Thai beef salad recipe
- Cuisine: Thai
- Prep Time: 10 min(s)
- Cook Time: 25 min(s)
- Serves 4
Featured as part of our Cooks and their Books series, this beef salad recipe is packed with flavour from fresh herbs and spices, plus other traditional Thai ingredients such as fish sauce and palm sugar.
Ingredients2 x 200 g thick-cut sirloin steaks
salt and freshly ground black pepper
2 tbsp ketjap manis
2 cups bean sprouts
handful of mint leaves
handful of coriander leaves
2 spring onions, finely sliced
1 Thai shallot, finely sliced
1 bird’s eye chilli, deseeded, finely sliced
4 large white cabbage leaves
100 g jasmine rice
1 tbsp sea salt
Nam jim dressing
2 long red chillies, deseeded, roughly chopped
5 coriander roots, washed
2 garlic cloves, roughly chopped
2.5 cm piece fresh ginger, peeled, roughly chopped
3 tbsp fish sauce
3 tbsp lime juice
1 heaped tbsp palm sugar
PreparationTo make the roasted rice, preheat the oven to 200°C. Spread the rice on a small baking tray and roast for 10–15 minutes, or until golden brown. Shake the tray every few minutes so the rice colours evenly. Tip into a bowl and allow the rice to cool completely.
Transfer to a mortar with the salt and grind to a very fine powder (or use a spice grinder). The finer the powder, the better. Sieve through a fine strainer and store in a sealed container in a dry place.
To make the nam jim dressing, combine all the ingredients in a food processor and blitz to a purée.
Season the steaks with salt and pepper and rub with a little vegetable oil. Heat a griddle pan or barbecue to high and cook the steaks to your liking — medium–rare is best. Remove the meat from the heat and drizzle with ketjap manis. Leave to rest for 10 minutes.
To make the salad, combine 1 cup of bean sprouts with the herbs, spring onions, shallot and chilli. Add a generous amount of nam jim dressing and toss gently. Slice the beef thinly and mix into the salad.
Trim the cabbage leaves into smallish curved pieces and stack them together in groups of three to form four separate ‘cups’.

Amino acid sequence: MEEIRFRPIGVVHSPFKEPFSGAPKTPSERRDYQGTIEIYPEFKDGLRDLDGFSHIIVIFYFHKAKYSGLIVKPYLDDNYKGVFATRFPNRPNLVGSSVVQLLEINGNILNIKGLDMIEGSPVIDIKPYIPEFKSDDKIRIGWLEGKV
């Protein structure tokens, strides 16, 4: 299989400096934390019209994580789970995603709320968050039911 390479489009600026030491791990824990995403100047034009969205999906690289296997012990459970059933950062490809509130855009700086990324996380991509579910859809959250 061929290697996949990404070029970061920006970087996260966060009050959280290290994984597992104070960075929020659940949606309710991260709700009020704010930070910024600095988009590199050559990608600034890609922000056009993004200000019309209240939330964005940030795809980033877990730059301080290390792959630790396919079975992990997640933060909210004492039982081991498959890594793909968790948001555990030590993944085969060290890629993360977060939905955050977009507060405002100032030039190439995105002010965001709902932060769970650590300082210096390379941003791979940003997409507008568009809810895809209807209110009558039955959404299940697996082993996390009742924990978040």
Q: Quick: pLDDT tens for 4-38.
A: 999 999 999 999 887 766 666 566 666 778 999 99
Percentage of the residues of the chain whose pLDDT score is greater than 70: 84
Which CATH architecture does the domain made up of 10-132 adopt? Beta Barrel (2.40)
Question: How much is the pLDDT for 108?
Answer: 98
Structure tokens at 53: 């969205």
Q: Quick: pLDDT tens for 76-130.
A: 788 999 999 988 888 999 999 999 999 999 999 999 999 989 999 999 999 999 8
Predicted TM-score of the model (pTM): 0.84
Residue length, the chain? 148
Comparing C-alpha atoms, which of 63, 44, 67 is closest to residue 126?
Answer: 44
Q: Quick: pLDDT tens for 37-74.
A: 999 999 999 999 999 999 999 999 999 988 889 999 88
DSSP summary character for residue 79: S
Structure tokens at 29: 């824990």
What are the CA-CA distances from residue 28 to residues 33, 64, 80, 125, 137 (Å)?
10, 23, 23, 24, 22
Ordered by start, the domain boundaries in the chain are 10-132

To serve, divide the remaining bean sprouts among the cups and place a mound of salad on top. Sprinkle with roasted rice and serve.
SBS cook’s notes
This recipe has been reproduced with minor SBS recipe style changes. | Oven temperatures are for conventional; if using fan-forced (convection), reduce the temperature by 20˚C. | We use Australian tablespoons and cups: 1 teaspoon equals 5ml; 1 tablespoon equals 20ml; 1 cup equals 250ml. | All herbs are fresh (unless specified) and cups are lightly packed. | All vegetables are medium size and peeled, unless specified. | All eggs are 55–60g, unless specified.
Recipe from The Eastern & Oriental Cookbook by Will Ricker, with photographs by William Meppem. Published by Hardie Grant Books.
If you enjoyed this Thai beef salad recipe then browse more Thai recipes, salad recipes, cooks and their books recipes, modern asian: the eastern and oriental cookbook recipes, baking recipes, nut-free recipes and our most popular hainanese chicken rice recipe.
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Rolling a lemon back and forth on your work surface will soften it and allow for more juices to be extracted. This is a good technique to remember before squeezing out the juice of any citrus fruit.
A firm-fleshed oil-rich fish, usually sold whole. It can be grilled, fried, barbecued or poached and also suits being pickled, marinated, salted and smoked.